I have simply refigured out ways to use that anger,” Carnwath explains. “Repetition orients us to a place of well-being. I like to see what the possibilities look like and feel like. And I have to paint it. I can’t make a sketch or a smaller version of the larger idea. I am trying to get something right. I have to do it over and over again in full to make it feel right, to absorb it and own it.” Originally from Pennsylvania, Carnwath studied at Goddard College in Plainfield, Vermont before receiving her MFA from California College of Arts and Crafts in Oakland, California in 1977. Though widely recognized as a Bay Area painter, her work does not lend itself to any of the prescribed regional movements that specialize in figuration or landscape. Her paintings combine stylized realism and abstraction with figurative references and gestural marks. She began painting with oils as a young child and adheres to the theory, made popular by Malcolm Gladwell’s 2008 book “Outliers,” that 10,000 hours of dedication to a task yields mastery. (By her calculation, she has worked well beyond this time frame.) One might casually question her ability to paint with the skill of a master painter—after all her style of painting does not summon the work of the highly realist painters that we traditionally regard as masters. Or does it? Look closely at what appears to be collaged paper with hand-written text in so many of her compositions. There is no paper: it is all paint, even what appears to be graphite is paint. This small point of departure, between the skills she possesses and how she employs them, begs a closer consideration of the repetition from throughout her decades long career. The seriality gives visual form to the experience of meditation, the repetitive nature of the work providing the visual equivalent of a mantra.

Carnwath often works on ten large-scale paintings at a time in her Oakland studio, working back and forth between the paintings to realize their completion. Titles, denoted in block lettering along the left-hand side of each canvas, highlight the edges and suggest a sidelong consideration of the work in much the same way that one would peer through a doorway. “Enter here,” reads text writ large in one painting, inviting the viewer in.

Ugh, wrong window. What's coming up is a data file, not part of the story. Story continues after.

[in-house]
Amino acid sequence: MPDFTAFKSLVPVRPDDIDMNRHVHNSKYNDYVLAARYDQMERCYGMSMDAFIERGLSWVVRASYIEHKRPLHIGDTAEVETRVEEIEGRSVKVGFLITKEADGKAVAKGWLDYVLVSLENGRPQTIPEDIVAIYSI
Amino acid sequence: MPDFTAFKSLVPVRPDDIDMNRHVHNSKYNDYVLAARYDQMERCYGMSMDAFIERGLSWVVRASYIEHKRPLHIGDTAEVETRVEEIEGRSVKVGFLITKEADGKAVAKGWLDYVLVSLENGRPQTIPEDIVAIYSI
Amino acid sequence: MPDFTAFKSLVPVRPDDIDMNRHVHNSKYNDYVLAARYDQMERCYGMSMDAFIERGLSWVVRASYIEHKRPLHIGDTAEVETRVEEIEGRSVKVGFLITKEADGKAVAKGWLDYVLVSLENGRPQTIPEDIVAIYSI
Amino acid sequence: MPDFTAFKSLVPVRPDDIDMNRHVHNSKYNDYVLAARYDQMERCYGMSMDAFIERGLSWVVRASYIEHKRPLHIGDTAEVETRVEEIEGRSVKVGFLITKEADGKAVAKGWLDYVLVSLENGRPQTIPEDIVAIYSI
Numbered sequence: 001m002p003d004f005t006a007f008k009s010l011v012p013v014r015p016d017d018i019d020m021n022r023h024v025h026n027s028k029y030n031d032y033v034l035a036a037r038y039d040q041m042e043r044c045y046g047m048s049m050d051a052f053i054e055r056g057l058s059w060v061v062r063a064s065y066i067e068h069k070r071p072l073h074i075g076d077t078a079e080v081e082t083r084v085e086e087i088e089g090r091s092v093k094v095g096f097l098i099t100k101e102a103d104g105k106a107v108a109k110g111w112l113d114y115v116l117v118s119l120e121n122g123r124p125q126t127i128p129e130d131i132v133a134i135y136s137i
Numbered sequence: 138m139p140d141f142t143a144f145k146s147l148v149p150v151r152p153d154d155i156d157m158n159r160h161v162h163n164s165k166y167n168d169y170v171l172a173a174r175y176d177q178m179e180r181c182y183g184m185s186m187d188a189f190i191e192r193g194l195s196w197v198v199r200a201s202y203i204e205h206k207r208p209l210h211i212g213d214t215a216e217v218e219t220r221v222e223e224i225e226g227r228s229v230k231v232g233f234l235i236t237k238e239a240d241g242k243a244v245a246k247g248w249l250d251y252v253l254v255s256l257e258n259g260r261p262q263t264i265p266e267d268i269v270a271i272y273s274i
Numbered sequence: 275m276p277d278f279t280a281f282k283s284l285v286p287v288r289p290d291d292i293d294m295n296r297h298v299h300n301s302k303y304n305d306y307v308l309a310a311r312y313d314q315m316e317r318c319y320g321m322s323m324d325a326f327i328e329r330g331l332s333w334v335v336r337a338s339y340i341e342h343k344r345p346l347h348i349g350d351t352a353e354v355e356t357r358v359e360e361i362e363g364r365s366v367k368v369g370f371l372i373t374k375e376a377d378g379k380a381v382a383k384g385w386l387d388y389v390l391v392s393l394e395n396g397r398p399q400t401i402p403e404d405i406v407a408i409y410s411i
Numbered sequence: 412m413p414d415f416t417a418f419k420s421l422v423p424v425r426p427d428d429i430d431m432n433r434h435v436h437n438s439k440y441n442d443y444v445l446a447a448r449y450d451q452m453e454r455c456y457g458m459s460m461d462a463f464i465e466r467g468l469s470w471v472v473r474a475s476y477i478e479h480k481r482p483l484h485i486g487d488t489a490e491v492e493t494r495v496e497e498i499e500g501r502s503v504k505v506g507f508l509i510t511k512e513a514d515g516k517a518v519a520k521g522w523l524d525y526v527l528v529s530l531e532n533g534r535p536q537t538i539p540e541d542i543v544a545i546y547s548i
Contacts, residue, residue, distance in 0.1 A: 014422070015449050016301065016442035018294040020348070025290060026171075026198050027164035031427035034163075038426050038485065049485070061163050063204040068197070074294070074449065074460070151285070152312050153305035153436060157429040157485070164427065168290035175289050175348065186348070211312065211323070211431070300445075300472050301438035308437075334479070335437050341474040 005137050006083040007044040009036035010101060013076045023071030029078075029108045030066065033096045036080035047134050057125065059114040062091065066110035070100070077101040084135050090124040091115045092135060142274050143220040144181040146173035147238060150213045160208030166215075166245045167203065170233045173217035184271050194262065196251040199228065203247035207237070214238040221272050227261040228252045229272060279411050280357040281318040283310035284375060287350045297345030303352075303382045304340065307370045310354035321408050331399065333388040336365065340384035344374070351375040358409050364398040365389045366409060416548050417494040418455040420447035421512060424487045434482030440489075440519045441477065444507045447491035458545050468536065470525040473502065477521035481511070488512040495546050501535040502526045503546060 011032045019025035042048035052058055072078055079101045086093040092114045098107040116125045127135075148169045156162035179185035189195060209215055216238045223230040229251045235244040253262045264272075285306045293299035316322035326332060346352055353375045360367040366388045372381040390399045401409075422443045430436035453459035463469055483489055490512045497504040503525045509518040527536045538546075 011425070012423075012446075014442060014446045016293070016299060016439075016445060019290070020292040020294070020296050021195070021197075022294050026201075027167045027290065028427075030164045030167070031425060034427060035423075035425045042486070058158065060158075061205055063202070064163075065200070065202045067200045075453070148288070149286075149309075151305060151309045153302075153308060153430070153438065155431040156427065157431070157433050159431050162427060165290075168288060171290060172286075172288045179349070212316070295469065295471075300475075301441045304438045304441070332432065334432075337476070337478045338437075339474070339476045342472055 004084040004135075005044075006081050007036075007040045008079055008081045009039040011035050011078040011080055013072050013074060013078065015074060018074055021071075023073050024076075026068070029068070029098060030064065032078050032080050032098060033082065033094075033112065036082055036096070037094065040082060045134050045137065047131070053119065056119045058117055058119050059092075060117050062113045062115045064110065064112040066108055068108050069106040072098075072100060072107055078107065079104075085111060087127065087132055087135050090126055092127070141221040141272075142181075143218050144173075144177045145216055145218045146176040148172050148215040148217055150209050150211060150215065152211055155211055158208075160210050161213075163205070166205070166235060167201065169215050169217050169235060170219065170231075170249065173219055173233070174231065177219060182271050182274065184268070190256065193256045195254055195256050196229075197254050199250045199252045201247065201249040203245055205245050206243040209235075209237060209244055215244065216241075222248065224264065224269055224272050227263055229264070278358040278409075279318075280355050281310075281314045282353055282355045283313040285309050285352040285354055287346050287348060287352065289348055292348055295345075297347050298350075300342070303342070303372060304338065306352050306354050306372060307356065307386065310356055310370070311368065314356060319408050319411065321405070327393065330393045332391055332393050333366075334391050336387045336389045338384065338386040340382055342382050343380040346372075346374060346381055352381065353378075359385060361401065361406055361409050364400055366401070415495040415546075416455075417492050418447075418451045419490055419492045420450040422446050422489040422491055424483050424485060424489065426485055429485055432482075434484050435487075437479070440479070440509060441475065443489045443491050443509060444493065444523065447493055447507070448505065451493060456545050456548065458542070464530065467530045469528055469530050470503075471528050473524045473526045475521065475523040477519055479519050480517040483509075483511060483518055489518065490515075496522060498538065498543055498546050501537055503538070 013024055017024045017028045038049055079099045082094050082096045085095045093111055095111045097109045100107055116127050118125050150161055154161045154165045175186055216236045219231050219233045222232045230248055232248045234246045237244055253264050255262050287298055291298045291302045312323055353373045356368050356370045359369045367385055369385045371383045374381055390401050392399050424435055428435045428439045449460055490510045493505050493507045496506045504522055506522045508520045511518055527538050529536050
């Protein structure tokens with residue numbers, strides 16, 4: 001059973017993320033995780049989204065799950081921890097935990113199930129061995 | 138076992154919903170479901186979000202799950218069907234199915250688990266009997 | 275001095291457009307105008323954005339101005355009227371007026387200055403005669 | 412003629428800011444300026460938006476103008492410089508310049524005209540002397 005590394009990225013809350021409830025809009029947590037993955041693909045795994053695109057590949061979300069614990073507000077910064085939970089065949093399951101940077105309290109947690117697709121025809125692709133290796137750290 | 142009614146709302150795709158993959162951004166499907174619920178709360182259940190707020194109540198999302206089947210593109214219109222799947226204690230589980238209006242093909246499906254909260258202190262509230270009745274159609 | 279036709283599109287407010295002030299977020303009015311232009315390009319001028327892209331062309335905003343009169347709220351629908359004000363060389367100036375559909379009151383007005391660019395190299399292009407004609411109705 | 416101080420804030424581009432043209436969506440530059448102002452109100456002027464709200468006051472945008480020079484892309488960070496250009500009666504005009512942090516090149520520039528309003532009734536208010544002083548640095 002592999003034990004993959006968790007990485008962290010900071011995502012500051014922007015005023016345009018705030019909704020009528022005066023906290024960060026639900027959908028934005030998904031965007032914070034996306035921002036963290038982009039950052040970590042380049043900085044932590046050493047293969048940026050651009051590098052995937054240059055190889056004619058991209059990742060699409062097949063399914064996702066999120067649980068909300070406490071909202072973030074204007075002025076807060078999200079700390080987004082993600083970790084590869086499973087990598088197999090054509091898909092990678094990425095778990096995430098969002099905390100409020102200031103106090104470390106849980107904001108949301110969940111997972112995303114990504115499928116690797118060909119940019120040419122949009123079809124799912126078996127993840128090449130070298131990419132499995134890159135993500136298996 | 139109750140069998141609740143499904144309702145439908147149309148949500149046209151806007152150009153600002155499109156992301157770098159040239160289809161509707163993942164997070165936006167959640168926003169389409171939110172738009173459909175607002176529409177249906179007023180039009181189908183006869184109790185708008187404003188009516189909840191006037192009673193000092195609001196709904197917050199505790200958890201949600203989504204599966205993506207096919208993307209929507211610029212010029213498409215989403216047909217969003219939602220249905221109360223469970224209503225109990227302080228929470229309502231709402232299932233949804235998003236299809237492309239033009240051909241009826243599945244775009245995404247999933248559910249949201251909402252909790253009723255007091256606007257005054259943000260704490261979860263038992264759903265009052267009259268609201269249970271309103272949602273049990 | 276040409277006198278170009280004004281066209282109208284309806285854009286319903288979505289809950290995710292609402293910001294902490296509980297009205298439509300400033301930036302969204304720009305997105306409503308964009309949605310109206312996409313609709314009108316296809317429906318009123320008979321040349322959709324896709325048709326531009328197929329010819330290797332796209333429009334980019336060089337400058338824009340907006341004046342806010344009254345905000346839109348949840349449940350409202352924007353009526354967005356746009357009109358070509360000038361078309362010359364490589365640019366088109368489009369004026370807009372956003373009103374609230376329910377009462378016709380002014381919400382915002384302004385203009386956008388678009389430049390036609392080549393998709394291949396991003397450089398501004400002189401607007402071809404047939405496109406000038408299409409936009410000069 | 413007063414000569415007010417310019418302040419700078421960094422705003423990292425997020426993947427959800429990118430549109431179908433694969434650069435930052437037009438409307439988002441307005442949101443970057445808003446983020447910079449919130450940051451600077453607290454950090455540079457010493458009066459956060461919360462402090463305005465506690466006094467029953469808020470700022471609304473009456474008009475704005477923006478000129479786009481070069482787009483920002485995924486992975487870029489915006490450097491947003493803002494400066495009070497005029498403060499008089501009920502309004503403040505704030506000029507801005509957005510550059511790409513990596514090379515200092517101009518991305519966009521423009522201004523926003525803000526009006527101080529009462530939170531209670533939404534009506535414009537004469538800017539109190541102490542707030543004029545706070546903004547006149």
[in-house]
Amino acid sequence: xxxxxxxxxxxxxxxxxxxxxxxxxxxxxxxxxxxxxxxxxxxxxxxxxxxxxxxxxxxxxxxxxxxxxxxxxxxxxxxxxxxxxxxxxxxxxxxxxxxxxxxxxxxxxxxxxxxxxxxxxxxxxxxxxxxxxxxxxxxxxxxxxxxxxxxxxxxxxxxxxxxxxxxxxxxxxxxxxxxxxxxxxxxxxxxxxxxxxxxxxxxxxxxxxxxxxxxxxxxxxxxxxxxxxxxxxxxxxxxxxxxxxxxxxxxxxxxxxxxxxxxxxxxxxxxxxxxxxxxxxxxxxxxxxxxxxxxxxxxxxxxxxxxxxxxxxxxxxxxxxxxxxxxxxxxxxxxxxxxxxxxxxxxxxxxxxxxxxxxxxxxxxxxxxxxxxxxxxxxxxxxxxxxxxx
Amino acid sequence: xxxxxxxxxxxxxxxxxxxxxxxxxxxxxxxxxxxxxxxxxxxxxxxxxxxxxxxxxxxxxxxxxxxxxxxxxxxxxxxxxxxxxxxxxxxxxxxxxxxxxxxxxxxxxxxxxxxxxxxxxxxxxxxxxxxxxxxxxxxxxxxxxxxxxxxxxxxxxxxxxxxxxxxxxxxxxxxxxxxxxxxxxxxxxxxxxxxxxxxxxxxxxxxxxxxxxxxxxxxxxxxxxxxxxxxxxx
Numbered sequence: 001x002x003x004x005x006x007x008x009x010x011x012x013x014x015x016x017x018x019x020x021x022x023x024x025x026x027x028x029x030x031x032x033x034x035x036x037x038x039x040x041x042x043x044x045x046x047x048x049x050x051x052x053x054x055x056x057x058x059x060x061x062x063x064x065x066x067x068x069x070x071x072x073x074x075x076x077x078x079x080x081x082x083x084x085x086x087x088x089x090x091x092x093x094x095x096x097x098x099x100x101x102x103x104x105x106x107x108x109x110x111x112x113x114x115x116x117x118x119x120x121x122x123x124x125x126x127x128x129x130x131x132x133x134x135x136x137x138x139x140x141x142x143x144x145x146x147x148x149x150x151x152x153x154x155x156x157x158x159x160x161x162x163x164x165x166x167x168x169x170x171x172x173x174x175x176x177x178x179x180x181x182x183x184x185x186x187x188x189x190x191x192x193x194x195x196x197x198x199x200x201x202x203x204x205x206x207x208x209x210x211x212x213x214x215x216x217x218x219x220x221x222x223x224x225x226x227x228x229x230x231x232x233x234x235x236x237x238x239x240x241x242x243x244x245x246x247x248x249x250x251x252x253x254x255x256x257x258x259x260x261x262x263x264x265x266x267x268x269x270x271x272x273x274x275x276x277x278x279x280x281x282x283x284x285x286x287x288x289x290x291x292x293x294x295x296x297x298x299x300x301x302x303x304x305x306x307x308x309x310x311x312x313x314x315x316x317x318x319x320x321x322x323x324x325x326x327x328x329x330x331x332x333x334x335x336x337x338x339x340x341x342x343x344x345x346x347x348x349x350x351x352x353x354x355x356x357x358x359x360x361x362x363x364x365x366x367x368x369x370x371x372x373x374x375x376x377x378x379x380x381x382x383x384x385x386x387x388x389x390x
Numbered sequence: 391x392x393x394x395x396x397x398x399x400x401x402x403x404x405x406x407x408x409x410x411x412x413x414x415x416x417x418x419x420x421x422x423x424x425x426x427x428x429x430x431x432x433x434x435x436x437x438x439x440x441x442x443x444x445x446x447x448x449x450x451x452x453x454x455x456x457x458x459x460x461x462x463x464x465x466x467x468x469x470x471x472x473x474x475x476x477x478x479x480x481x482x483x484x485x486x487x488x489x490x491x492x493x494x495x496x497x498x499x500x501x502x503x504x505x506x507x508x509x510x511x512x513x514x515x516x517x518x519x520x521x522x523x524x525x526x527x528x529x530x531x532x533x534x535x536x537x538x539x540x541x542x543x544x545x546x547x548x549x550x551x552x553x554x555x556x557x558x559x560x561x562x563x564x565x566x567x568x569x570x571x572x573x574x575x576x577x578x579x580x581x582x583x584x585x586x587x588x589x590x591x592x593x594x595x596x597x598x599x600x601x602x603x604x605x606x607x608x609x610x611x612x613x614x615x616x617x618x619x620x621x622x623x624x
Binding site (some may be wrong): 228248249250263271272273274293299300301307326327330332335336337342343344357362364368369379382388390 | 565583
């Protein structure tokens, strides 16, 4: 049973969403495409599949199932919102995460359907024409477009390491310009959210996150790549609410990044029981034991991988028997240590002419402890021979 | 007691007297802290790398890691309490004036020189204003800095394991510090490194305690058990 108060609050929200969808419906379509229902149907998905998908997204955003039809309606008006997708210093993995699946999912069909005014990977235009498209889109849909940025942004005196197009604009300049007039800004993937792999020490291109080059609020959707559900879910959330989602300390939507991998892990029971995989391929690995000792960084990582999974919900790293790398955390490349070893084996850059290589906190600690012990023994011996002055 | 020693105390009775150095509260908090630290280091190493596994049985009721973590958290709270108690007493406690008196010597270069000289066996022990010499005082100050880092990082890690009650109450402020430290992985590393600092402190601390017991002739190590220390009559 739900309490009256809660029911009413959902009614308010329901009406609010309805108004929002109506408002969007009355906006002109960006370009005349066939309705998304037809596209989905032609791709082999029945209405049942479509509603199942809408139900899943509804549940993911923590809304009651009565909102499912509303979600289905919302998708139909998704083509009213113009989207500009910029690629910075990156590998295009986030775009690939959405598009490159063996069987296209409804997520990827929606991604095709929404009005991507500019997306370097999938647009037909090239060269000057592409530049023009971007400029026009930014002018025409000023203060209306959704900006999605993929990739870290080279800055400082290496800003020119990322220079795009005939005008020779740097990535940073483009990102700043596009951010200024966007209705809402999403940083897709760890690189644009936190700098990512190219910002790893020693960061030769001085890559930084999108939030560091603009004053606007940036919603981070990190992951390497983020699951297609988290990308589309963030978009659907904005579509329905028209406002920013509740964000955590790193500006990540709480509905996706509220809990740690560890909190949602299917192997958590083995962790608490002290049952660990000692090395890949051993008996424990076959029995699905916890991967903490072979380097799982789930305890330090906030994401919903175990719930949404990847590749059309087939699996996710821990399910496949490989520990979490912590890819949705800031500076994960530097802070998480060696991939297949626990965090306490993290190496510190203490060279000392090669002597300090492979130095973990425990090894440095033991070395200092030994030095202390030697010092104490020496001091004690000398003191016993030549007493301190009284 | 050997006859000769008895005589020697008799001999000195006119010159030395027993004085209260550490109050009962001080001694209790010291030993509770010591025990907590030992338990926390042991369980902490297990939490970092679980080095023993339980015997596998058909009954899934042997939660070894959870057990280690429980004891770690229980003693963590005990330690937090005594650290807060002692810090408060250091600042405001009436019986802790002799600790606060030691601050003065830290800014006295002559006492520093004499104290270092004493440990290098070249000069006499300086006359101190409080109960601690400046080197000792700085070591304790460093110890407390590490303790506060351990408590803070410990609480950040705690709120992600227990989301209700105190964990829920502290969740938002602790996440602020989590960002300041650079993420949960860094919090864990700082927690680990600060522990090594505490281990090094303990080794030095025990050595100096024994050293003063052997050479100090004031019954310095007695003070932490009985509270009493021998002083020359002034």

“Painting preserves ephemerality and the fragile,” reads much smaller text from the same composition. The images of boxes and urns are like repositories for memories, grief, and guilt: the things that plague us. Whatever may be the personal experiences embedded into the paint, the work remains subjective. Their meaning is left open for interpretation. An irregular dashed linedemarks a “guilt free zone” in several of the works and by the artist’s own admission, this space is as much for her as it is for the viewer. But, she explains, “If I am painting, nothing is going wrong. Everything is going right.”


In an essay for a 2001 Flintridge Foundation catalog, Noriko Gamblin describes the evolution of Carnwath's approach to composition and subject matter:

“The work for which Carnwath first became widely known in the mid- and late 1980s is characterized by simple, iconic images and words floating like astral bodies within monochromatic or bichromatic fields. The images represent common things—chairs, vessels, bones, feet, genitalia, flowers, birds, houses, and so on—using rudimentary forms and emphatic black outlines. The words or passages of text, rendered in an ingenuous and expressive script, catalogue and comment on various aspects of existence, such as the affinities that unite seemingly unrelated objects and the essential differences (e.g., between that divide them. Simultaneously comic and grave in tenor, these pictures evoke the free-ranging ruminations of a daydreaming mind as it encounters the myriad phenomena of daily life and tries to make sense of them... engaging an ever-evolving constellation of preoccupations and investigations: how we know things, what we know, the nature of memory, perception, passion, time, and death.

Although Carnwath quickly established a distinctive personal style, some aspects of her work have undergone gradual transformations. The strongly geometric structure— characterized by grids, quadrants, and contrasting color bands and fields—of her paintings of the 1980s and early 1990s has loosened into more fluid arrangements of diverse elements, which include structural motifs as well as "decorative" patterns. Similarly, her iconography, which was initially tied to a relatively circumscribed personal symbology, has both expanded and grown more allusive. The early lists, litanies, injunctions, and poetic observations have been joined by more casual notations, which often lend a topical immediacy to her work.”

Source: Wikipedia